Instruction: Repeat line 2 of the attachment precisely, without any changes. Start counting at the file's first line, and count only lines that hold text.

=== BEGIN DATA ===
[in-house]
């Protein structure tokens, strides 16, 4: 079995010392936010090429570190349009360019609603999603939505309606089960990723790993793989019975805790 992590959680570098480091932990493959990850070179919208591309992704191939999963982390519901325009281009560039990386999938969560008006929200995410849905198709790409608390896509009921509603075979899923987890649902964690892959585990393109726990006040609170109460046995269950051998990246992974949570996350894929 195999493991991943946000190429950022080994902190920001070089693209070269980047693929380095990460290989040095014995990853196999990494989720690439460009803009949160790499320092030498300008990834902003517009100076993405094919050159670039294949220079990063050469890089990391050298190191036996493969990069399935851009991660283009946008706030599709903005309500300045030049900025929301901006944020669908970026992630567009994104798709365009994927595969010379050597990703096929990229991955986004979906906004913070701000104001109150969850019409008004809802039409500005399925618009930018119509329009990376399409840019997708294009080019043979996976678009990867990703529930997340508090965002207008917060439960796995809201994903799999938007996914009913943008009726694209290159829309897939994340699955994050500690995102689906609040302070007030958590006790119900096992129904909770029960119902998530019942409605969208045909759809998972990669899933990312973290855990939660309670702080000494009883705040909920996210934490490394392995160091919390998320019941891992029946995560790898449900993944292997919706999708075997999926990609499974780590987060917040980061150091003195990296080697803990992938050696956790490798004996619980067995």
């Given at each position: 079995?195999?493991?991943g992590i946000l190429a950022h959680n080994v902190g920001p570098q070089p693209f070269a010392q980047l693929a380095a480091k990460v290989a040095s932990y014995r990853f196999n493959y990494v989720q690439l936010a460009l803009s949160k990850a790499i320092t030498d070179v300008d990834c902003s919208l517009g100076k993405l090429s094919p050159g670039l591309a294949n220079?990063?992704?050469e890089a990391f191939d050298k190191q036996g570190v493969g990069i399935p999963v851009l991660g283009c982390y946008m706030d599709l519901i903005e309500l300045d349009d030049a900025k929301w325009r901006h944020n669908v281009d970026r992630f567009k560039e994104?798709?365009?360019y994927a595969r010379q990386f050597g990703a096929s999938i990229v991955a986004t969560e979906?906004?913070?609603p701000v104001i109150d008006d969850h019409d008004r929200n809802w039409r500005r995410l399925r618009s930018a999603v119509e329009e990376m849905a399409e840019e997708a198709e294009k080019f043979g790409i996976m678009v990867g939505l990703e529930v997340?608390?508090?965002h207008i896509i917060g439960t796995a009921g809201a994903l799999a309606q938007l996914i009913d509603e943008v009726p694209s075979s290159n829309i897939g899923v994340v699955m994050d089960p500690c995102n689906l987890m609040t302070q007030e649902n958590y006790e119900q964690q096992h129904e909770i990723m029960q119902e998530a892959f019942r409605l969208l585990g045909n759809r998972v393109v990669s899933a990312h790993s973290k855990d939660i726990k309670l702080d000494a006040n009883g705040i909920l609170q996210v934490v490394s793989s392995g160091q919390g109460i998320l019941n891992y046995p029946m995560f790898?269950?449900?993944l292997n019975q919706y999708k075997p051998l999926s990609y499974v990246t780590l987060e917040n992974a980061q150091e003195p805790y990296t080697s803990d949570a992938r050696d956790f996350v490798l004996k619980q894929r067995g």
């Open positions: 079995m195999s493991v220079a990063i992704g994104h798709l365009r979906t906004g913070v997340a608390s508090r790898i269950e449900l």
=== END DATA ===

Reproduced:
């Protein structure tokens, strides 16, 4: 079995010392936010090429570190349009360019609603999603939505309606089960990723790993793989019975805790 992590959680570098480091932990493959990850070179919208591309992704191939999963982390519901325009281009560039990386999938969560008006929200995410849905198709790409608390896509009921509603075979899923987890649902964690892959585990393109726990006040609170109460046995269950051998990246992974949570996350894929 195999493991991943946000190429950022080994902190920001070089693209070269980047693929380095990460290989040095014995990853196999990494989720690439460009803009949160790499320092030498300008990834902003517009100076993405094919050159670039294949220079990063050469890089990391050298190191036996493969990069399935851009991660283009946008706030599709903005309500300045030049900025929301901006944020669908970026992630567009994104798709365009994927595969010379050597990703096929990229991955986004979906906004913070701000104001109150969850019409008004809802039409500005399925618009930018119509329009990376399409840019997708294009080019043979996976678009990867990703529930997340508090965002207008917060439960796995809201994903799999938007996914009913943008009726694209290159829309897939994340699955994050500690995102689906609040302070007030958590006790119900096992129904909770029960119902998530019942409605969208045909759809998972990669899933990312973290855990939660309670702080000494009883705040909920996210934490490394392995160091919390998320019941891992029946995560790898449900993944292997919706999708075997999926990609499974780590987060917040980061150091003195990296080697803990992938050696956790490798004996619980067995």